Fashion is about a moment; with fashion, you should tell a story, your clothes should be more than clothes, they need to make you dream, they need to inspire, they need to excite you. When I was at Gucci and at Saint Laurent, it was a cinematic experience. I showed under a single spotlight, and you could really control things because no one was looking at anything except the show. The whole room was looking at the exact same thing at the exact same time, and you could get a rhythm of emotion, and you could literally get people to cry at the end of a good show. Cry for something beautiful. Now you can’t, because they’re distracted, holding up their phones and shooting themselves. I wish there was a way to get people to watch fashion shows again so I could convey that emotion.
I watched Nocturnal Animals on Inauguration Day.
It’s really, properly scary.
Well, when you know yourself, you know all the parts of yourself, so for me it didn’t seem like a surprise at all because [the violence] was a commentary on our contemporary culture and the hollowness, sometimes, of our culture. That’s something I struggle with all the time, because the things we produce, the stream of merchandise that people don’t need but that they desire, well, you have to keep it in perspective.
What kind of perspective?
Of course the most important thing in life is the people you connect with. The woman in Nocturnal Animals is a victim of our culture, a victim of her own upbringing and her own insecurity, really. I wanted to set the film in that very glamorous-on-the-surface, perfect world. And by the way, the character was very autobiographical.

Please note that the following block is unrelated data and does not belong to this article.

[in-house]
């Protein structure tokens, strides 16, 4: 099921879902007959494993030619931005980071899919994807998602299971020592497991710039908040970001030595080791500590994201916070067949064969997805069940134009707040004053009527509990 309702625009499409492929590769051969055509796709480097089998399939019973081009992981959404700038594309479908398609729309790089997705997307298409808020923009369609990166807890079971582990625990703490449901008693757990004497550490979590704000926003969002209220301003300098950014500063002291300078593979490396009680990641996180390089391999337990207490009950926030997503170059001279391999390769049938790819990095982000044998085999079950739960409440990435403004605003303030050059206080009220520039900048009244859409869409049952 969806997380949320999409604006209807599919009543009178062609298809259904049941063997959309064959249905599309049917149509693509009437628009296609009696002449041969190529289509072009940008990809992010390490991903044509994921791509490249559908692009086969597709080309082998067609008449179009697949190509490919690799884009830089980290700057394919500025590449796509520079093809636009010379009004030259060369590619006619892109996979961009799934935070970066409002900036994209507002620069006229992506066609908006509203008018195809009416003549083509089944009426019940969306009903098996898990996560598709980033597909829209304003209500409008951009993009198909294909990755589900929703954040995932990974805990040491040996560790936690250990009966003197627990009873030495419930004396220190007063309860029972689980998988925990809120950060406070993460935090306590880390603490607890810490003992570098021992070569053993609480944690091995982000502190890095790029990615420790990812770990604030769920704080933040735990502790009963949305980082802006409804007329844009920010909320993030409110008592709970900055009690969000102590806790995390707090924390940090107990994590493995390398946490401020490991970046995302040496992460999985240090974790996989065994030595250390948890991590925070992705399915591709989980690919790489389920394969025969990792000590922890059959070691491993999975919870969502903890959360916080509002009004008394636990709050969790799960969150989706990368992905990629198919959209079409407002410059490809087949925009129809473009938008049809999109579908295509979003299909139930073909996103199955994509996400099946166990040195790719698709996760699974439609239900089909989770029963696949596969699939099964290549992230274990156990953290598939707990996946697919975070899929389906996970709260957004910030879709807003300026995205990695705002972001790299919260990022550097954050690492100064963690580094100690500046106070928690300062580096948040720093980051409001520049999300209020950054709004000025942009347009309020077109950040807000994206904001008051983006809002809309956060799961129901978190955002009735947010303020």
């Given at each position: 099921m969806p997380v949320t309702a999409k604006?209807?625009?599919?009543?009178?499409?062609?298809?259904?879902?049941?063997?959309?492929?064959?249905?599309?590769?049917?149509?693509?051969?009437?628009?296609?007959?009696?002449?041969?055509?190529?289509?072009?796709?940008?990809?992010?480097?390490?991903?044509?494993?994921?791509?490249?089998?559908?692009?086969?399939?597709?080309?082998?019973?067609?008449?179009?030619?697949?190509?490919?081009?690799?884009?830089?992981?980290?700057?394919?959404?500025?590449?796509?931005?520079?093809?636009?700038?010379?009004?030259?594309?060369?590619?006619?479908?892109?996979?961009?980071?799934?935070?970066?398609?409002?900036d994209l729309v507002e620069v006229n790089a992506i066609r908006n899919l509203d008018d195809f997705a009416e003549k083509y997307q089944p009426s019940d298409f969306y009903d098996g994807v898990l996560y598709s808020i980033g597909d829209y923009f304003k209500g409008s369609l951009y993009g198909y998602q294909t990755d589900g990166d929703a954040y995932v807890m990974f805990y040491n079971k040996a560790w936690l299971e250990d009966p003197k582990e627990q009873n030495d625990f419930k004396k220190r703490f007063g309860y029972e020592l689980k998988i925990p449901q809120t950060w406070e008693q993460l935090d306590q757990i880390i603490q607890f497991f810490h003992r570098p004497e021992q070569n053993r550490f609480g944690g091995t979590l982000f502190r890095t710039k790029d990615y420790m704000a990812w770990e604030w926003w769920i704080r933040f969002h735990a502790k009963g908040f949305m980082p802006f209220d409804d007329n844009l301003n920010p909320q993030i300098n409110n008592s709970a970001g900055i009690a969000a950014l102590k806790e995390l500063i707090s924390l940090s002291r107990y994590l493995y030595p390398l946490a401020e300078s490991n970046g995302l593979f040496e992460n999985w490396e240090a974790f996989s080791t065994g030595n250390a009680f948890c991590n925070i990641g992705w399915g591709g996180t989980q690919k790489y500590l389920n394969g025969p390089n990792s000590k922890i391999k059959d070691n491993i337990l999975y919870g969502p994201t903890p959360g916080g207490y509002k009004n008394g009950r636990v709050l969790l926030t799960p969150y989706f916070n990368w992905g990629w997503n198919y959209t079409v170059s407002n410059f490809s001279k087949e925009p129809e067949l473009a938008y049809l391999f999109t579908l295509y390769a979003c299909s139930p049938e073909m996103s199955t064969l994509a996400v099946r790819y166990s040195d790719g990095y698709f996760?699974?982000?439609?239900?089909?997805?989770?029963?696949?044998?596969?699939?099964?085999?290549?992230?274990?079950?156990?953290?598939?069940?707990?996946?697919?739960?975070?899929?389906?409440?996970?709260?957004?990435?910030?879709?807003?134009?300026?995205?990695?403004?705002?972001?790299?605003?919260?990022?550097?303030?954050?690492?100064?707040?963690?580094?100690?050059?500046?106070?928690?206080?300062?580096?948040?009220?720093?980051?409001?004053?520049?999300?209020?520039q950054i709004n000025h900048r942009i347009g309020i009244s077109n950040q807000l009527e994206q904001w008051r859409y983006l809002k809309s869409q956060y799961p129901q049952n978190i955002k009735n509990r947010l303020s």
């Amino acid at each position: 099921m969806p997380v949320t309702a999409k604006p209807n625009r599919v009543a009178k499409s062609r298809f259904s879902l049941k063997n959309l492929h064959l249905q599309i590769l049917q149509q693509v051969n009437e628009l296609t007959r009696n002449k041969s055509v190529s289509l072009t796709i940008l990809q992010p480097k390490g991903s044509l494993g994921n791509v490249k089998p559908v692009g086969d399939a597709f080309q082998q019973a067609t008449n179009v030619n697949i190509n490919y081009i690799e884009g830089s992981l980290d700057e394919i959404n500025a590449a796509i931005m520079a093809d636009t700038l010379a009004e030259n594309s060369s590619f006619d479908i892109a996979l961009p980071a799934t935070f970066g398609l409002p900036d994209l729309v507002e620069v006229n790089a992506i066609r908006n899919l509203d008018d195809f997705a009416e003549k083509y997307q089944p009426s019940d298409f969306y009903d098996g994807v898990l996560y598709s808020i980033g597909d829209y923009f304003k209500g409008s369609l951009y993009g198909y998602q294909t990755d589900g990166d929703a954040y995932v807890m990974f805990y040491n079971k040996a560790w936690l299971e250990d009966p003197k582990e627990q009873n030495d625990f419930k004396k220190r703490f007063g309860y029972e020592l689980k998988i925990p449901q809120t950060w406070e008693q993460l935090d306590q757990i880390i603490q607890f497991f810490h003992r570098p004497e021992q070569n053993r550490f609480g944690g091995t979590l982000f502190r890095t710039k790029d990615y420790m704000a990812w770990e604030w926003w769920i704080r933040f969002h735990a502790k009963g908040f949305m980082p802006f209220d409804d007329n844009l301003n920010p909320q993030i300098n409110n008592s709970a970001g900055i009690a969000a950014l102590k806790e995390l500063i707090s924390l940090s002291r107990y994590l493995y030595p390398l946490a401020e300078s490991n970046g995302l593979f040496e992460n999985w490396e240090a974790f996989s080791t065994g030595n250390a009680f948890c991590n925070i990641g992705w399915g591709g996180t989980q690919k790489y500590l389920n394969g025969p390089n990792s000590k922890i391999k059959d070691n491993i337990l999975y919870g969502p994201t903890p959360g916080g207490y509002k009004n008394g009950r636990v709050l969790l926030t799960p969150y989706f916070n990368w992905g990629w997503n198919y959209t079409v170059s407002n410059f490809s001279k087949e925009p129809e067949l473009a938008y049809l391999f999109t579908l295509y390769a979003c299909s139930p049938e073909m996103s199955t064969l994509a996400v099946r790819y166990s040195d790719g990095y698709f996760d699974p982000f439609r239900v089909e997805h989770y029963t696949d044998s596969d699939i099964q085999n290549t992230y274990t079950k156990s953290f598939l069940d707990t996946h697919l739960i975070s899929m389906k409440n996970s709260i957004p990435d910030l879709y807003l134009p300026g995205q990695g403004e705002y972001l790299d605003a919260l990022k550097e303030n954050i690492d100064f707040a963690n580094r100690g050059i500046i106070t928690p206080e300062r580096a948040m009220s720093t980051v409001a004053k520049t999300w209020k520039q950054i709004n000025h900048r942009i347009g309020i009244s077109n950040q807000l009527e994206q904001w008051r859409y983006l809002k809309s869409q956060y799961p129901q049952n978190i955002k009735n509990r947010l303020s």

Do you have a darker side?
I suppose I do because I created all that and it felt totally normal.
Are you going to make another movie?
It takes about three years. Look, it’s a different animal. I like to have — surprise — complete creative control. I have a very strong fragrance, cosmetics, and eyewear business, so my financial needs are more than met — our business is up 52 percent over last year, so I’m going to do what I want. I don’t need to take other people’s money and then have a million people to answer to. Hopefully I can make something personal that hits a big audience, too, and that has permanence. Because I think that’s what I know how to do.
You’ve made the choice to show in New York at a moment when a lot of American designers are moving to Europe — where you spent 27 years. What are you planning to show?
I have a very defined customer and a very defined look. I’m seeing a lot of collections I did in the ’90s referenced by other designers, and I look at that and I say, “How interesting, maybe I should remember what it was that I was all about and go back.” That’s what this September’s show will be about. I hope that I’m returning to what I’ve always believed in, but in a new way. You will always have moments when you are more in fashion and less in fashion, and if you don’t stay true to yourself, you will lose your way. Hopefully I will look like what I’ve always looked like.
*This article appears in the August 7, 2017, issue of New York Magazine.